Quoting Johnny (Reply 24):
MY point is that more and more airlines (also potential B748I-customers) are finding the B777-300ER more attractive than the B748I.

Which makes sense. Just as more and more airlines are finding it more attractive then the A388 and will especially find it so (for both the 748 and the A388) when the A35010 enters service.


User currently offlineBoeing Nut From , joined Dec 1969, posts, RR:
Reply 22, posted (7 years 9 months 1 week 5 days 9 hours ago) and read 11000 times:

Quoting Johnny (Reply 1):
Oh Boeing...

Another change to the B748I to find some customers.

It's called listening to potential customers.

Quoting Johnny (Reply 1):
Boeing ,pls go back to the drawing board and develop something really new! Delay your EIS by another 2 years, invest some more money and come back with a really advanced composite airplane!

You got the extra billions to pass on to them so they can do this in a care free manner which you think they seemed to have on this? Nevermind the extra costs that would have to be passed on to the airlines. You really should think about what you are saying before saying it.

Quoting Chiad (Reply 11):
Would it be possible to build the B748i "entirely" out of composites, like the B787?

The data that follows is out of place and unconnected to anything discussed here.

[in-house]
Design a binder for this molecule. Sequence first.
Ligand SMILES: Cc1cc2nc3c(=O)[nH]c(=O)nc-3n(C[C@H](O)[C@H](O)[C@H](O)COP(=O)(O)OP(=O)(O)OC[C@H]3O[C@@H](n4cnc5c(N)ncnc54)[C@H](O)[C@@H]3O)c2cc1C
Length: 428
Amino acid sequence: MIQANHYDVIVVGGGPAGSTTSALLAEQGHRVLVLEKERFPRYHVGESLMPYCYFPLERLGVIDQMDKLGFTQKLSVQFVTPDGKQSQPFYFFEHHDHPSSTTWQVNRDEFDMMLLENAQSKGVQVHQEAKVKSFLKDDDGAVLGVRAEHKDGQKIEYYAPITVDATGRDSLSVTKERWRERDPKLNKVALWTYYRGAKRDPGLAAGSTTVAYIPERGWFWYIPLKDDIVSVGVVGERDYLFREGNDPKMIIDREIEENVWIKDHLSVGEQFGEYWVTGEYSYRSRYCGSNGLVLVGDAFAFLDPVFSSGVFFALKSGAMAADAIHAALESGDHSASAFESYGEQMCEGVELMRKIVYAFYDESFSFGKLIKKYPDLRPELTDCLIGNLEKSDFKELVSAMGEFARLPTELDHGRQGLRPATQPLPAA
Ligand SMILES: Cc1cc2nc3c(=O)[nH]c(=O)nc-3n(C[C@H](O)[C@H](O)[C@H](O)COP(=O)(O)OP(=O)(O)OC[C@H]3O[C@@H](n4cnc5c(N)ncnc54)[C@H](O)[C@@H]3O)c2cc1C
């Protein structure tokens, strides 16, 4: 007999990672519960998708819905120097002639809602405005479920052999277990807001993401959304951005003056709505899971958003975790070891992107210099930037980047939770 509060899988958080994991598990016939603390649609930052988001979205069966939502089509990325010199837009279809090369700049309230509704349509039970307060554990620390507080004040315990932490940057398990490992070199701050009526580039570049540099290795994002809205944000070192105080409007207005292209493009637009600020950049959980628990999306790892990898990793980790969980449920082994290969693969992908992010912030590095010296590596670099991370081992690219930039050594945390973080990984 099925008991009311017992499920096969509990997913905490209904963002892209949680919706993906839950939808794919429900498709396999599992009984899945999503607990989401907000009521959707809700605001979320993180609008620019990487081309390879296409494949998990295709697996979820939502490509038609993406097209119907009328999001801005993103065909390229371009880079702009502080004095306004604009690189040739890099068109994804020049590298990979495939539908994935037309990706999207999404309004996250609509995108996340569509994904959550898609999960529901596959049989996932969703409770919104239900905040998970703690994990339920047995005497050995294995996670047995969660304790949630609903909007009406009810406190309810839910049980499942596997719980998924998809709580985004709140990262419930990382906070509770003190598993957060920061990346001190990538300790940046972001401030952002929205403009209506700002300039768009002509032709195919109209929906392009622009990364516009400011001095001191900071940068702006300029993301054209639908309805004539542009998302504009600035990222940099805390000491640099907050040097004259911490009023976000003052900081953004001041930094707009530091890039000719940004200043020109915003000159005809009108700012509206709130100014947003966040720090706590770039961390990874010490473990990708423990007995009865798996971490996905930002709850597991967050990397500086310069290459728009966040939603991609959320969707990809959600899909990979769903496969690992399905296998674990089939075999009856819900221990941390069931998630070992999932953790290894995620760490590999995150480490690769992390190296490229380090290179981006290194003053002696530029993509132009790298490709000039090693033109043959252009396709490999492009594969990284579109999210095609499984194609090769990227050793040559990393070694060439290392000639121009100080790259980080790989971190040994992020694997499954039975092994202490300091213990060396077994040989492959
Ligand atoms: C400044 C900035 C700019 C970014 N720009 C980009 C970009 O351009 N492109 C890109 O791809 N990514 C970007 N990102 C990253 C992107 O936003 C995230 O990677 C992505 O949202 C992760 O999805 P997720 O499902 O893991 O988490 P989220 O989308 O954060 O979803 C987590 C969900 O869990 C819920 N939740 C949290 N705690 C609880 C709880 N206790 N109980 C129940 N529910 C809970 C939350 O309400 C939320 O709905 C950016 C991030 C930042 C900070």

Of course it's possible, but the R&D costs would explode making the aircraft even more expensive.

Quoting Zvezda (Reply 29):
It says that Boeing are rejecting the idea of two lengths for the B747-8I SuperJumbo.

From what I hear, Boeing hasn't flat out rejected the idea, they just aren't too "keen" on it.


User currently offlineCharger From United States of America, joined Oct 2006, 273 posts, RR: 0
Reply 23, posted (7 years 9 months 1 week 5 days 9 hours ago) and read 10959 times:

Quoting Johnny (Reply 24):
MY point is that more and more airlines (also potential B748I-customers) are finding the B777-300ER more attractive than the B748I.

But as stated in several other posts airlines are finding the 777-300ER more attractive than the A388 also.

I have a dumb question. When Boeing "lightens" the 748I can they also use the weight saving parts on the F model, thus making it also a better plane?
If so, it seems like it would definetly be worth it.


User currently offlineRevelation From United States of America, joined Feb 2005, 12422 posts, RR: 25
Reply 24, posted (7 years 9 months 1 week 5 days 9 hours ago) and read 10794 times:

Quoting Johnny (Reply 24):
MY point is that more and more airlines (also potential B748I-customers) are finding the B777-300ER more attractive than the B748I.

As they should. The economics of the twin jet are much better than the quad.



Inspiration, move me brightly!
25 Alitalia744 : Johnny, your constant anti-Boeing comments are getting boring. Surely you can come up with better arguments. Interesting about the latest AF/KL rumor
26 CM767 : We have got used to the idea of different lengths of the same model, but Boeing is doing the right thing here, remember that the market for it is quit
27 Johnny : @ Charger "But as stated in several other posts airlines are finding the 777-300ER more attractive than the A388 also" Yes, for sure the B777-300ER se
28 FlyLKU : Johnny: Could well be: "Oh Airbus, another change to the A350 to find customers." Let's face it, this is what ALL airframers do.